Public Historian on Vacation: 3 Part Series

I haven’t posted on promised subjects yet, but I am still researching and have half of a post drafted on the gendered history of baking. I just haven’t quite gotten that project where I want it yet, so I’m moving on to other topics for the time being.

I’ve been busy, at work & at home, including a vacation with my husband and my mother to her home state of Texas. We went to Galveston and San Antonio with mom and then split ways, with her off to Fredericksburg and us staying another day in San Antone before going to New Iberia and New Orleans, Louisiana.IMG_1811

While this was purely a fun, family vacation, I’m still a public historian even when on vacation. In each stop along the way we visited historic sites, museums, or historical areas with shops & restaurants trading on history. This three part series will share my thoughts on each of our destinations, beginning with Galveston, TX in Part 1 below. Parts 2 & 3 coming soon.

Part 1 – Galveston, TX – April 7-10

The first stop in our journey was Galveston Island, a beautiful island town along the Gulf of Mexico. A port city, the island itself has a long, interesting history, including being an entry point for immigrants much like Ellis Island, a battleground of the Civil War, a survivor of the Great Storm of 1900, and much more.

We were there to visit my mom’s paternal family including my grandparents, my great grandmother, and some aunts, uncles and cousins. My great grandmother lives right on the water on Tiki Island–it’s one of my favorite places and I could listen to her talk about her life for hours. She’s done a lot of our family’s genealogy and put together books of information, photos, documents, etc. At 95 years old, she’s lived an interesting and full life and is full of wisdom and love.

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Me, my great grandma, and my mom.

While we were primarily there to visit family we did get in a little sightseeing with two visits to The Strand, Galveston’s historic business district downtown near the port, a trip to the Rainforest Pyramid of Moody Gardens, and a special peek into American National’s archives exhibit space.

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My mom and I outside La King’s.

The Strand is full of restaurants, boutique stores, and tourist shops, all housed in Victorian-era buildings. A favorite of mine is La King’s, a candy and ice cream shop where I love to stock up on salt water taffy. The store has been on the Strand since 1976 but makes 1920s style candy and ice cream treats, and strives to create a “unique atmosphere of days gone by.”

The Strand is a quintessential historic district for tourists, with all of the charm and romance: Beautiful architecture, delicious ice cream and food, plenty of shopping. There are also nearby museums and historic tours for those more interested in the history.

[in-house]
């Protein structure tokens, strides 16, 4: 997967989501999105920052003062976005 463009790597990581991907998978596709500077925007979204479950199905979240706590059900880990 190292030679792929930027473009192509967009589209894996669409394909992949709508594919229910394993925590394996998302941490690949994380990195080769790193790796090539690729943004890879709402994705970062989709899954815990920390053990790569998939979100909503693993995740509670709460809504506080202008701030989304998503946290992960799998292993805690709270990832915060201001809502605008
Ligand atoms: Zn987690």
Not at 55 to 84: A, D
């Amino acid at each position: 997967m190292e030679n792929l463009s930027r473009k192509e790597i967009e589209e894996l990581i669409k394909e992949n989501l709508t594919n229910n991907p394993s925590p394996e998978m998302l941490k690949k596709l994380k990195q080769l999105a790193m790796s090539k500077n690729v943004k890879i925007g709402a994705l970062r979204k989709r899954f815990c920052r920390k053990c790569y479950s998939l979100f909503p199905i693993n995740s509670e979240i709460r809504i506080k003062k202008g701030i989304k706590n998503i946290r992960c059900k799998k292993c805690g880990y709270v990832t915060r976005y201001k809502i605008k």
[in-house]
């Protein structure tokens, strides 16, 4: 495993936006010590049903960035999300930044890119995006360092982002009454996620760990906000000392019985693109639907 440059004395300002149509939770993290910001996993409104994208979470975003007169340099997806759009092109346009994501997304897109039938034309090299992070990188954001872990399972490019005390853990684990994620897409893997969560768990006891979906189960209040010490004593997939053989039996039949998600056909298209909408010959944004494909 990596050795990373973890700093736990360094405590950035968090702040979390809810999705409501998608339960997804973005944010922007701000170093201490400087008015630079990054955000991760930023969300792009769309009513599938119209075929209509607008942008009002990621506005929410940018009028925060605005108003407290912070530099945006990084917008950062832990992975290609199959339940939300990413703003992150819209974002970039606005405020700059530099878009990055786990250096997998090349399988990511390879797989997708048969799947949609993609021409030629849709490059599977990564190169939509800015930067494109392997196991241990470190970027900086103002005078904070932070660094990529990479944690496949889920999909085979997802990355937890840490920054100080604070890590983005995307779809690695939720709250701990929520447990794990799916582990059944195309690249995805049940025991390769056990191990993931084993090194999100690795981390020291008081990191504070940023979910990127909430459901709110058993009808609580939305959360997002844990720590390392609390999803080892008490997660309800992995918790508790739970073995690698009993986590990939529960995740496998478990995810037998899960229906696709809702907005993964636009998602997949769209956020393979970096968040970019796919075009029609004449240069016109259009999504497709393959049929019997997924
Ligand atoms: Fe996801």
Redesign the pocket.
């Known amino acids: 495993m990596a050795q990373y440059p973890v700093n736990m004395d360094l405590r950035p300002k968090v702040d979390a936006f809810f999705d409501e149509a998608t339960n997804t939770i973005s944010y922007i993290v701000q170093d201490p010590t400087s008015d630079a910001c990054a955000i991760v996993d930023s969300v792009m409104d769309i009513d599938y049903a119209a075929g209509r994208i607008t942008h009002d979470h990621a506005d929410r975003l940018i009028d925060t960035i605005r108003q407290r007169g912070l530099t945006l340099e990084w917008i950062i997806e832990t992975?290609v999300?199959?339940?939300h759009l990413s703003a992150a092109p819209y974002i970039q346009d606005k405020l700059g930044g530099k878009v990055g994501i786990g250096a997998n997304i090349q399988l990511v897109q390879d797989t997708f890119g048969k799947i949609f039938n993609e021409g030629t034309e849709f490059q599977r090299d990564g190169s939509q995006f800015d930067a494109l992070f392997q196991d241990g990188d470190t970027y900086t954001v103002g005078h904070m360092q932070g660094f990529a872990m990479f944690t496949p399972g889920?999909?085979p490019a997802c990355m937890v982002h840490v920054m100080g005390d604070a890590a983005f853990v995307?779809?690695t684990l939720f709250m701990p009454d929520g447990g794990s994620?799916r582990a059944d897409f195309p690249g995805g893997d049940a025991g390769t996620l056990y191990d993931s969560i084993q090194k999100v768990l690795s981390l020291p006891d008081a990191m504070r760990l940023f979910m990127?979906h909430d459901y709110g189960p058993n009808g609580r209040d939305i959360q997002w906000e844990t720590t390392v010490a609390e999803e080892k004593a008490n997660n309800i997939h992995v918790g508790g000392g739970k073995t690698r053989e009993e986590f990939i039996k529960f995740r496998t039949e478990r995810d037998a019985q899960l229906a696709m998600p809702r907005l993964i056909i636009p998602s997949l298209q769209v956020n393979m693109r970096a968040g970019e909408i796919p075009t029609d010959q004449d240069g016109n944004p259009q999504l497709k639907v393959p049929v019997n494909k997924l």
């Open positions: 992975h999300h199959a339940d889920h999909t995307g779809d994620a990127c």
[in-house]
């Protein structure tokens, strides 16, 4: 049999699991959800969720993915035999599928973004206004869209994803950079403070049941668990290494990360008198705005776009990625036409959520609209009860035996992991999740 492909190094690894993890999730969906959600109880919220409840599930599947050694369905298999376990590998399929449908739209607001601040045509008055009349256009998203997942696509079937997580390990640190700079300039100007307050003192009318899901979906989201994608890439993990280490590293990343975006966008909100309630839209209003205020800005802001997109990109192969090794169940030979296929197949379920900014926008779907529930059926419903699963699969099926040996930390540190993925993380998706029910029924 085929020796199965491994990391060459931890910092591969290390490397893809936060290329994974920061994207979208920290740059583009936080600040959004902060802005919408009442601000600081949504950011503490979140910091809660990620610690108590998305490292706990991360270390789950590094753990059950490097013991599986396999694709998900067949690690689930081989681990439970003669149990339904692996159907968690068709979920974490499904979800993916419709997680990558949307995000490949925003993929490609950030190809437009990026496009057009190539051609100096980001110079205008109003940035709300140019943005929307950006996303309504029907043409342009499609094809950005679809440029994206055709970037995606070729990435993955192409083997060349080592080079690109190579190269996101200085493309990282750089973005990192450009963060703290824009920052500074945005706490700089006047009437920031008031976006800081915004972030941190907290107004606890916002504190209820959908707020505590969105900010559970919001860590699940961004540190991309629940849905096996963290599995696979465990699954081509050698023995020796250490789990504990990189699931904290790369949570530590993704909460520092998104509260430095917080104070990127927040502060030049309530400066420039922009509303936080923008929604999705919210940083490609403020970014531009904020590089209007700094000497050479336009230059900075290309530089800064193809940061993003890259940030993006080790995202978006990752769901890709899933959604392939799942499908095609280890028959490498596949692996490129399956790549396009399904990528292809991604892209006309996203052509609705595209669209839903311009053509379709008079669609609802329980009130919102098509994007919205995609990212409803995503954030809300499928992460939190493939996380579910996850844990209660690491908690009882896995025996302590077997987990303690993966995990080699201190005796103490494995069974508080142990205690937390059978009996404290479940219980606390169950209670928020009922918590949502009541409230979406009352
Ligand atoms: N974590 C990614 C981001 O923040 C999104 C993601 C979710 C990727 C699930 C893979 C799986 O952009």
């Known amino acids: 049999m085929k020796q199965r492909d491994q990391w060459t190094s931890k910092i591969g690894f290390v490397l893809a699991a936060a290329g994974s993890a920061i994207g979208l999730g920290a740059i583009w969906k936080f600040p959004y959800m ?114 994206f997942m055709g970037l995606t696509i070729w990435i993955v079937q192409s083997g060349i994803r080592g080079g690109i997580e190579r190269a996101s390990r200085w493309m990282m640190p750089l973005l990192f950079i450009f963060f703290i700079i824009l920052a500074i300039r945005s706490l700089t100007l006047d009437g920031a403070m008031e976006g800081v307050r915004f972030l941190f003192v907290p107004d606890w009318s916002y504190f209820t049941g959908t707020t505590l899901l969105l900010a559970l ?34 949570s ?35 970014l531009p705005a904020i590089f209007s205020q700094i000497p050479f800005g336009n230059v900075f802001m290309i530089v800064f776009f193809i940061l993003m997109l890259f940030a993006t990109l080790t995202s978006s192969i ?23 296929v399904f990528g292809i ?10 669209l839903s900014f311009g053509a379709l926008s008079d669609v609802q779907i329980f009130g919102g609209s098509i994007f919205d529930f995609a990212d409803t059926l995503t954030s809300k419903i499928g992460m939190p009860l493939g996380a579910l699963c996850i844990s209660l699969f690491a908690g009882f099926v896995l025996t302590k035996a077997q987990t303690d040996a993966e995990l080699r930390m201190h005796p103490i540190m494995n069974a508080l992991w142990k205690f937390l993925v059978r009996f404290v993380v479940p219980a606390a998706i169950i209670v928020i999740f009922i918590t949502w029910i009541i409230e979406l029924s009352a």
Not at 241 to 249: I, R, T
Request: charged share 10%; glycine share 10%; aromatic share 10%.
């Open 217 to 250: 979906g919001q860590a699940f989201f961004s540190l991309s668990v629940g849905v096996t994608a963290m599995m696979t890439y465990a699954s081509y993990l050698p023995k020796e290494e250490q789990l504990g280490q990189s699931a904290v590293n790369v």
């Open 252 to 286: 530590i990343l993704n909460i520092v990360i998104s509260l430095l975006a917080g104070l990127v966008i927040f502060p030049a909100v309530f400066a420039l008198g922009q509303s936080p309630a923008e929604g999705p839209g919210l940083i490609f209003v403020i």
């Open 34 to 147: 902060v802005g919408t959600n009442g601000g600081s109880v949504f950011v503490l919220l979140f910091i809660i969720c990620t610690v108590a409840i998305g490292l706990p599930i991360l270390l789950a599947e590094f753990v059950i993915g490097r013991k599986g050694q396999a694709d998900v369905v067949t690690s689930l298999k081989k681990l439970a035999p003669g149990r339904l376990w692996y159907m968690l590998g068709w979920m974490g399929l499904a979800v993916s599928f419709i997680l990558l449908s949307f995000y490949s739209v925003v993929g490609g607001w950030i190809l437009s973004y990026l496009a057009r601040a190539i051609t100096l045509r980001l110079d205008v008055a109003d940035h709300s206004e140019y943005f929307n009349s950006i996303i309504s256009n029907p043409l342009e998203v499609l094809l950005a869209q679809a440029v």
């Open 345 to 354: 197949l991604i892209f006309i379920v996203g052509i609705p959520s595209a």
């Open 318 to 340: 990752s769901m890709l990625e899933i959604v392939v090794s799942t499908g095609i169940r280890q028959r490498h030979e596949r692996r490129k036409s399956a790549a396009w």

This kind of commercial area trading on the charm of history raises some questions of how these places influence the public’s perception of the past. While romanticizing history, one could argue the popularity of these places also means that the public has an interest in history. But does that interest extend to more complicated or difficult histories? More on this as we continue on to our other destinations in the next two parts.

 

While in Galveston, we also visited Moody Gardens, a huge local attraction with three large pyramids, each housing a different kind of exhibition, as well as other activities including a beach, a ropes course and zipline, a paddlewheel boat, etc. The pyramids include an aquarium pyramid, a rain forest pyramid, and a discovery museum pyramid with changing exhibits. We only had time for one attraction so we chose the Rain Forest Pyramid. Not a history museum obviously, it functions as a hybrid between a botanical garden, an aviary, a zoo, and a natural science museum, describing and educating visitors on the wildlife within.

 

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The highlights of the Rain Forest Pyramid would have to be the sloth, the many colorful birds, two monkeys, and the ocelot. Many of the animals, including the birds, the sloth, and the monkeys were not separated from us by fencing or glass and the close proximity was really incredible.

We also got to visit the archives exhibits at the top of the American National building owing to the fact that both my grandparents (plus my great grandfather) used to work there. The exhibits there were very nicely done and include some really cool artifacts such as the life insurance payouts for Bonnie and Clyde. (Yes, that Bonnie and Clyde.) There was also a lot of history about the city before and after the Great Storm of 1900. An added perk was the amazing view from the space which overlooks downtown Galveston. All in all, a great example of a corporation drawing on its history to create interest, drive branding, and inspire employees and guests alike.

 

One of our final stops was the beach, along which runs the 17-foot-high Seawall constructed after the Great Storm of 1900. That hurricane caused so much damage and loss of life that it led to major renovations across the island to raise buildings and of course inspired the Seawall. The first part of the Seawall (about 3 miles long) was completed in 1904 and by 1963 had been extended to 10 miles.

 

Galveston is a truly interesting and beautiful place and there is so much more to it than what we fit into this most recent visit. There is the Railroad Museum, the Bryan Museum of the American West, the restored historic Pleasure Pier, and more. I would love to learn more about the port as a gateway for immigrants and their lives once they arrived–something to look into until our next visit. 🙂

Stay tuned for Part 2 – San Antonio – The Alamo, the Riverwalk, lots of Missions, and more.

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